What are recommended alternates for fiberglass?

Jon

New Member
I'm done with the crest part of the Pepakura type armor. Just wondering, is there other fiberglass alternates that can do a good job?
I've been kinda thinking of Paper mache..
 

BattleLlama

Jr Member
Darkshadownite said:
I'm done with the crest part of the Pepakura type armor. Just wondering, is there other fiberglass alternates that can do a good job?
I've been kinda thinking of Paper mache.
I used paper mache on mine. It worked pretty well, the only issue I had with it is that it dried a little bit malformed, but that shouldn't be too big of a concern.
 
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Jon

New Member
BattleLlama said:
I used paper mache on mine. It worked pretty well, the only issue I had with it is that it dried a little bit malformed, but that shouldn't be too big of a concern.
So I guess the mache needs to be evenly spread?

Mache seems reliable, btw.
 
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HeavyGunner

Well-Known Member
I personally use "Great Stuff" brand expanding foam for all my armor pieces. It works very well, is often very cheap, and dries very hard. The only thing is, the foam is highly unpredictable. I've been using it for at least 8 months, and I still haven't mastered the method. If you want to try it, I would experiment a bunch with it, before trying it on any pieces at all. And, if you need any help, you can pm me. ;)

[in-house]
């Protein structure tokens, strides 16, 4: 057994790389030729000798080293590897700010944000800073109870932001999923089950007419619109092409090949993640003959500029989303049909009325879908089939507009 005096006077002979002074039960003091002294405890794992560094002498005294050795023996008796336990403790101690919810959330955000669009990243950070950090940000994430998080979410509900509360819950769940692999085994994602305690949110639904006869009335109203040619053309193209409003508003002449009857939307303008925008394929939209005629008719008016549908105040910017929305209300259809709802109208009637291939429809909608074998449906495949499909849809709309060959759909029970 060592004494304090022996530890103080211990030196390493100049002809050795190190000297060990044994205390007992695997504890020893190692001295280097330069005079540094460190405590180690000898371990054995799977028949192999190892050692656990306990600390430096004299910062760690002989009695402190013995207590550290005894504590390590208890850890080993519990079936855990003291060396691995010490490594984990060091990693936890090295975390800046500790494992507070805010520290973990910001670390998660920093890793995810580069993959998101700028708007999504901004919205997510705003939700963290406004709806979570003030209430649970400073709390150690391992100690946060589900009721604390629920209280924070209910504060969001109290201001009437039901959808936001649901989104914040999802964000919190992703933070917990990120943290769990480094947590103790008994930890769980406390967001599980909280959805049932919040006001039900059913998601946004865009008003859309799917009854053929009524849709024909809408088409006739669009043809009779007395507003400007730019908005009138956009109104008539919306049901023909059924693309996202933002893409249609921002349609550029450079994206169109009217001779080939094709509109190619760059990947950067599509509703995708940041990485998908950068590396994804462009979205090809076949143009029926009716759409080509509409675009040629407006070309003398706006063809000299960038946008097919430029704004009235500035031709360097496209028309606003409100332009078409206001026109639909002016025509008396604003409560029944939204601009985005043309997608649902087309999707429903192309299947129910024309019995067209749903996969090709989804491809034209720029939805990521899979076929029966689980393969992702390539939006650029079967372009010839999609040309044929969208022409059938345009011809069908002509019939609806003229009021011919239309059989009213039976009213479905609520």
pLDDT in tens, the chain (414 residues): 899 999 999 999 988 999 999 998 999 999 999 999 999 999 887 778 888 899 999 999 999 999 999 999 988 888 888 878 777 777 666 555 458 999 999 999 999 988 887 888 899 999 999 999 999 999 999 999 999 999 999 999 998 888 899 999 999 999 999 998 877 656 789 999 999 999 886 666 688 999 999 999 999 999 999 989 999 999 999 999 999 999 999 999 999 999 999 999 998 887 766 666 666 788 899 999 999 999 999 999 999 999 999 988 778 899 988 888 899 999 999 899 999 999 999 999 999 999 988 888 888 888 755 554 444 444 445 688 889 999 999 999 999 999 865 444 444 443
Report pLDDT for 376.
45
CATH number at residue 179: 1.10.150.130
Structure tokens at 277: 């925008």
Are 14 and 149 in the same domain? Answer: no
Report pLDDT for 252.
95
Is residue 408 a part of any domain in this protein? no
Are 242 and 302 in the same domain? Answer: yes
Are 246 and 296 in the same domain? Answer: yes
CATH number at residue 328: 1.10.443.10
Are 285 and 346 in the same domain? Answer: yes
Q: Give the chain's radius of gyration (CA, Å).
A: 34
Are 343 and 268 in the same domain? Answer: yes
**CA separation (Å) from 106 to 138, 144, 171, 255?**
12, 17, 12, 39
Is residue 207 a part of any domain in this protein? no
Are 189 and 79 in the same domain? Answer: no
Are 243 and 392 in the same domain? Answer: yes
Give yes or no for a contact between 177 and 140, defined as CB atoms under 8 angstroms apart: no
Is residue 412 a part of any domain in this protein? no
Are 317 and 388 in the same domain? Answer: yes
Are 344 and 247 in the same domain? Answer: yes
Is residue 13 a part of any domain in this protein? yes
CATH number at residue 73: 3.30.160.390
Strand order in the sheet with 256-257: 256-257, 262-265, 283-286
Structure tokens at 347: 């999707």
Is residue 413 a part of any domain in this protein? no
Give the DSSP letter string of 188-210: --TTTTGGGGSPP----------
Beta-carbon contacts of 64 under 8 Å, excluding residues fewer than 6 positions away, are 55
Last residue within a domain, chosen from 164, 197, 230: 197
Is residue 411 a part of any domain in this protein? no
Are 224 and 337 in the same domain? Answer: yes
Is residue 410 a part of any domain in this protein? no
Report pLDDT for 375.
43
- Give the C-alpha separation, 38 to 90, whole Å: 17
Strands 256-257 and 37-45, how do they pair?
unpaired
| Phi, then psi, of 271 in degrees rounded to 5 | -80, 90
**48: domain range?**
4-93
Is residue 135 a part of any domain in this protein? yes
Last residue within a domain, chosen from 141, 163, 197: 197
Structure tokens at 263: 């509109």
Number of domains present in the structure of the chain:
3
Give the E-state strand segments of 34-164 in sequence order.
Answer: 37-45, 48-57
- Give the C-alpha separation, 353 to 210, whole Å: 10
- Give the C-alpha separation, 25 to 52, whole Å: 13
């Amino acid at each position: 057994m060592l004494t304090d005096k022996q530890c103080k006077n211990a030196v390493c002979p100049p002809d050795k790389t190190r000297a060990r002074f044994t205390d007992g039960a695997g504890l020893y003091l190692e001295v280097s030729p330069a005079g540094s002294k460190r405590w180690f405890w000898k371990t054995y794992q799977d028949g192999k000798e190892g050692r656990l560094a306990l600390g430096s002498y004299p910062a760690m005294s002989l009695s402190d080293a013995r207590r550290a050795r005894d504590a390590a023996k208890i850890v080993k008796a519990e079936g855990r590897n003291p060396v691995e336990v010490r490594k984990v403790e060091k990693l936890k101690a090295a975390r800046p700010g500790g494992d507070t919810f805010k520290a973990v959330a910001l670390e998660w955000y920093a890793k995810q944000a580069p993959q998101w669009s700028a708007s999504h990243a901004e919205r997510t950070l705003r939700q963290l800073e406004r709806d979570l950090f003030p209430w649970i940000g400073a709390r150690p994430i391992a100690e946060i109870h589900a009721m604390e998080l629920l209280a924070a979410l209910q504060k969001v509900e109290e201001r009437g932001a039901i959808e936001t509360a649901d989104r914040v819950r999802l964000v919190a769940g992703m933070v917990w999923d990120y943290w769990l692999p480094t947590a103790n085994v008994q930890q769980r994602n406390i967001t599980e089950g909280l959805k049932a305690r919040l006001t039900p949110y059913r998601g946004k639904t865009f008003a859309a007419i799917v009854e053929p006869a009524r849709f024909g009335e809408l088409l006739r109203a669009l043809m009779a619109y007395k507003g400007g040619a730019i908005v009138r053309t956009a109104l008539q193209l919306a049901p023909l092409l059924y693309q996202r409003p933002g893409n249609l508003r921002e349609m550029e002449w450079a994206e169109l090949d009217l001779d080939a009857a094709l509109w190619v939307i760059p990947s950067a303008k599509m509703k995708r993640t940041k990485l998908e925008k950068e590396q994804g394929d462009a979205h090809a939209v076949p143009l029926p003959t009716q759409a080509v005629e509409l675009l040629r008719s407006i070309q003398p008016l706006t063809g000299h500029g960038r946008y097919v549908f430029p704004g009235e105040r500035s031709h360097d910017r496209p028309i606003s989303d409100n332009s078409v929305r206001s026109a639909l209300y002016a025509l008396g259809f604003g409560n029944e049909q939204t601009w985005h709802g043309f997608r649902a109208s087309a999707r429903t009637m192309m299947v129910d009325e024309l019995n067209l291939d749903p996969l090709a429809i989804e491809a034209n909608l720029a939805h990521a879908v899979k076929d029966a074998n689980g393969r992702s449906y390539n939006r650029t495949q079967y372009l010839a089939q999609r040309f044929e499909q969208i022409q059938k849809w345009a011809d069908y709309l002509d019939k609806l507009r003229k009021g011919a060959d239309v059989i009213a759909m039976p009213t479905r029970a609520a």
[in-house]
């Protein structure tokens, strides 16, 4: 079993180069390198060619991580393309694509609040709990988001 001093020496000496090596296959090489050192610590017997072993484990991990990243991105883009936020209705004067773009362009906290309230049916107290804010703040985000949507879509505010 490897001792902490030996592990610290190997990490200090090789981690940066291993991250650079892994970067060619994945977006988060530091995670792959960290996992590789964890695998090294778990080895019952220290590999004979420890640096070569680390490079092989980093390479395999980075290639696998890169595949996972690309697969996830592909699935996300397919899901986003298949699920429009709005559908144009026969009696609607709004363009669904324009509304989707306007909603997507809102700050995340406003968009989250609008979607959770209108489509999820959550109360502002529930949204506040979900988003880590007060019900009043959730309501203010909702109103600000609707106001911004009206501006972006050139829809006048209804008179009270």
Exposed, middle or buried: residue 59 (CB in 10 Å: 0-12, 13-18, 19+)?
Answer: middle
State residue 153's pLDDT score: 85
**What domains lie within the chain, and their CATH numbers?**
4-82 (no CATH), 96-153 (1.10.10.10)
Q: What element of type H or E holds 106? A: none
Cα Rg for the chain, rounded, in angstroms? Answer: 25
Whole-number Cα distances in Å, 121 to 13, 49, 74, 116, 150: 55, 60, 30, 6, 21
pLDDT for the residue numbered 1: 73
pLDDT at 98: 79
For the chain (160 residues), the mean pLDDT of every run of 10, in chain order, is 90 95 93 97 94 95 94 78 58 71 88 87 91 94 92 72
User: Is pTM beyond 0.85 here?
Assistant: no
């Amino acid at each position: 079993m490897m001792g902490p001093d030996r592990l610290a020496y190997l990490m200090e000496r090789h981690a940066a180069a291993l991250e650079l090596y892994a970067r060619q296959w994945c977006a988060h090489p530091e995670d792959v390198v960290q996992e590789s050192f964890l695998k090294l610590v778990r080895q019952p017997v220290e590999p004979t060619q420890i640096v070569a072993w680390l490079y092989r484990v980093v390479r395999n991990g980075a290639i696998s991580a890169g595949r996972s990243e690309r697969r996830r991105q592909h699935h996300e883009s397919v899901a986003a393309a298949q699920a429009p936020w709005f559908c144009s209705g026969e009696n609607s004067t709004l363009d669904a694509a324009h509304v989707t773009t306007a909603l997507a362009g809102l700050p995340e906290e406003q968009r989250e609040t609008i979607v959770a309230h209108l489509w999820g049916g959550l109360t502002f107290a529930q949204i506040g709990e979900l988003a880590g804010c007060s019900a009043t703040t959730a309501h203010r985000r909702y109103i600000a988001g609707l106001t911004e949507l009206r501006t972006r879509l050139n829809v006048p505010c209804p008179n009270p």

cgspartan

Member
owen saber said:
u could try casting resin. its way easier and nicer looking, but it's more expensive. here this guy explains it good: http://405th.com/?p=574




It's really not any more expensive than fiberglass/bondo. A gallon kit of smooth-cast 300 is about 90-100USD after shipping. That gives you 2 gallons of resin (1gal partA, 1gal partB)

2 gallons of standard resin is gonna run you about 70, then the fiberglass mat/cloth/whatever to use all that resin is gonna run you another 20-40 at least and all of a sudden you're about the same price as the smooth-cast.



Not to mention doing the smooth-cast is much much easier.



A trick i use with it is to use plain old elmer's glue as a release agent. after you get your smooth-cast to the thickness you want, just start getting the cardstock wet, it reactivates the elmer's glue, and you can just peel/wash everything off. leaving almost no residue on the plastic. After that's done, you can fill over any imperfections with more smoothcast, that way you don't have to buy bondo either. Just mix some baby powder in with the smoothcast (it takes around 1:1 baby powder to resin to get a good thick paste).
 
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23Magnum

Well-Known Member
Not going to close this since it seems some decent posts where made after the fact, but remember to check previous post dates before posting please.
 
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